As regular readers know, I haven't been reviewing The CW's Supergirl series here at Bob Canada's BlogWorld. Nothing against the show, mind you, it's just that there just aren't enough hours in the day to review everything. So no reviews for poor Kara and her gang.
I do watch the show though, and like it quite a bit (especially the much-improved Season 2). Here are a few things I've noticed the past few weeks.
James has an entire wall of TV screens in his office, that are constantly displaying stories from various cable news networks. There's a screen right behind his head displaying breaking news from News 37 (?), with a caption that reads, "Retailers Shutting Down Hundreds Of Stores." There's also a subhead that reads, "In The Process Of Closing Its Stores In North America (which doesn't read right and feels like some words are missing).
Yikes! Looks like Earth-19 (where Supergirl lives) is having the same economic woes that we're having here on our world!
Note that the story remains on the monitor all during Supergirl's conversation with James, which lasts at least five minutes.
Later in the episode we see James in his office again, and that same story's still on the screen behind him. Either that monitor's busted and is frozen on the same screen, or this network's been reporting on this story for five hours straight.
Maybe Supergirl should stop screwing around trying to catch Live Wire and try to do something to fix her world's retail economy!
Luthors, the most recent episode, was not surprisingly all about the infamous Luthor clan. Actress Brenda Strong played Lillian Luthor, the matriarch of the powerful and evil family.
Ever time I see Brenda Strong, I can't help but think of Sue Ellen Mischke. She was Elaine's friend on Seinfeld— the one who wore her bra as a top, causing numerous auto accidents as she sashayed down the street!
You may also recognize Strong as Captain Deladier in Starship Troopers.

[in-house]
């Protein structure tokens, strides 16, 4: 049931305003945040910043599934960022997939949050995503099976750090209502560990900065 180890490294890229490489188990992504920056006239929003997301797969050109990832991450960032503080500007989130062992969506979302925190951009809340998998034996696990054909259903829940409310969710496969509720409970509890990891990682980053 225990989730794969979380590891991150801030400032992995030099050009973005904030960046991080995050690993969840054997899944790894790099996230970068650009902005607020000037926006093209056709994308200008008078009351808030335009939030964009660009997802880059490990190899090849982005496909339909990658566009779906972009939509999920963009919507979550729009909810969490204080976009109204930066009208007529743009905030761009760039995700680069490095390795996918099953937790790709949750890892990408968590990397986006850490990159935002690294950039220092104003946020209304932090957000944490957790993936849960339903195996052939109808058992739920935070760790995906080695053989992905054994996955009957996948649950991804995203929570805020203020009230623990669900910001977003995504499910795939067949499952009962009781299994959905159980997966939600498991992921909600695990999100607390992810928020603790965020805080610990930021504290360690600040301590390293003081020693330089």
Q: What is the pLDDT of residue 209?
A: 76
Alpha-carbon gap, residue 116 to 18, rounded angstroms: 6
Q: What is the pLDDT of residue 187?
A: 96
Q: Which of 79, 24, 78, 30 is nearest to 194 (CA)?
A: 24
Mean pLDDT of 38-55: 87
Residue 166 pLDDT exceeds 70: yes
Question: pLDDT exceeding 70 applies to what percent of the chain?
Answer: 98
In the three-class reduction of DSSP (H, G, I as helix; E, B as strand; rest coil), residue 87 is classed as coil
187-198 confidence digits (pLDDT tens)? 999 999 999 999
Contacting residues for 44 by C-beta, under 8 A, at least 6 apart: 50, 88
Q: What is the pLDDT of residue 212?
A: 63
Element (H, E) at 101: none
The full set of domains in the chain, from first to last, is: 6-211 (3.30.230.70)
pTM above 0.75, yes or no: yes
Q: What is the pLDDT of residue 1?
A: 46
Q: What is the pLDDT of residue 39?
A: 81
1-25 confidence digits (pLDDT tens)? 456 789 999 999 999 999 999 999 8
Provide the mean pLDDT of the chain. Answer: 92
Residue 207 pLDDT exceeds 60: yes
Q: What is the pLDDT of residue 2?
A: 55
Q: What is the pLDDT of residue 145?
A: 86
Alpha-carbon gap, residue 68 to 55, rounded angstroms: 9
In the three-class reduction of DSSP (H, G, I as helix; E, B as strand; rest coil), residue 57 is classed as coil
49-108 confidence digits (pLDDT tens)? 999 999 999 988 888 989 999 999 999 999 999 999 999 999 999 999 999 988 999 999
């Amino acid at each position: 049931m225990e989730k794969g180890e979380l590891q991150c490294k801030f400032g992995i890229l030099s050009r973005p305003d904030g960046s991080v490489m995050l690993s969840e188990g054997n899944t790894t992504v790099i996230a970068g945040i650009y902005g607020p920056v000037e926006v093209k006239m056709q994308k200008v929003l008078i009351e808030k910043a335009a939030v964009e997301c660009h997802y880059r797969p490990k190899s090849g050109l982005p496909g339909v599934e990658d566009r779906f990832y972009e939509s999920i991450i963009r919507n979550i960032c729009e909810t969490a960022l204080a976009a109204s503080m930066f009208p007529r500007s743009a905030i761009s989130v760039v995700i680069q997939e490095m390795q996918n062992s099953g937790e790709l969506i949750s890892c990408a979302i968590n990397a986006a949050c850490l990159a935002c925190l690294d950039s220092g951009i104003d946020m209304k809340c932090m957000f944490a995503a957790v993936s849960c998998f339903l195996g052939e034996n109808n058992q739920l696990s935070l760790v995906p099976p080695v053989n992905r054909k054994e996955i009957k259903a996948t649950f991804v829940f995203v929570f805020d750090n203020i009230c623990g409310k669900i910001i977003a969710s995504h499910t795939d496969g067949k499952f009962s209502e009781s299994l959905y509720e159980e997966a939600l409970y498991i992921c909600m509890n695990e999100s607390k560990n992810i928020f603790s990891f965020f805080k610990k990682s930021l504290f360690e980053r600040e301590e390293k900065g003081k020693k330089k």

And here she is in a flashback to twenty years ago. They did a pretty good job of de-aging her two decades (for a TV budget, at least). Well done, effects guys!
Lastly, at the very end of Luthors, a dimensional breach forms in Kara's apartment. Out of it jumps Mr. Mxyzptlk, who tells Supergirl he's in love with her and wants to marry her.
As all comic fans worth their collections know, this is what Mr. Mxyzptlk is supposed to look like. A middle-aged, balding four foot tall interdimentional imp with the power to alter reality and do just about anything.
Believe it or not, this is what he looks like on Supergirl— a young, normal-sized handsome human male with a full head of hair.Why, he looks exactly like the comic version (that was, I say, that was sarcasm, son!).
Based on his appearance and his actions from the preview, it looks like they're going the Star Trek: The Next Generation route and turning Mr. Mxyzptlk into an ersatz version of "Q."
Jesus, even the lame Superboy series from the 1980s got the look of the character right. So what's The CW's excuse?
According to actor Peter Gadiot, who plays Mxyzptlk:
"They very much keep the essence true in that he’s a devious, playful imp and he still has that cheeky, naughty quality of creating havoc but not in an evil way. He has the ability to morph and change. But the main difference is in the physical appearance. Traditionally he’s like four-foot-tall, balding old man type. I have a full head of hair. So he’s different that way. Greg Berlanti, Ali Adler and Andrew very much wanted to have a look that wasn’t funny. They wanted him to appear normal and almost like a legitimate potential suitor for Kara as opposed to a wacky appearance. The essence is the same but the appearance is a new take."Translation: "Our audience consists primarily of teens, and they'll think it's gross if an icky old man is lusting after Supergirl, so we're ignoring seventy three years of comic book history and are gonna make him hot."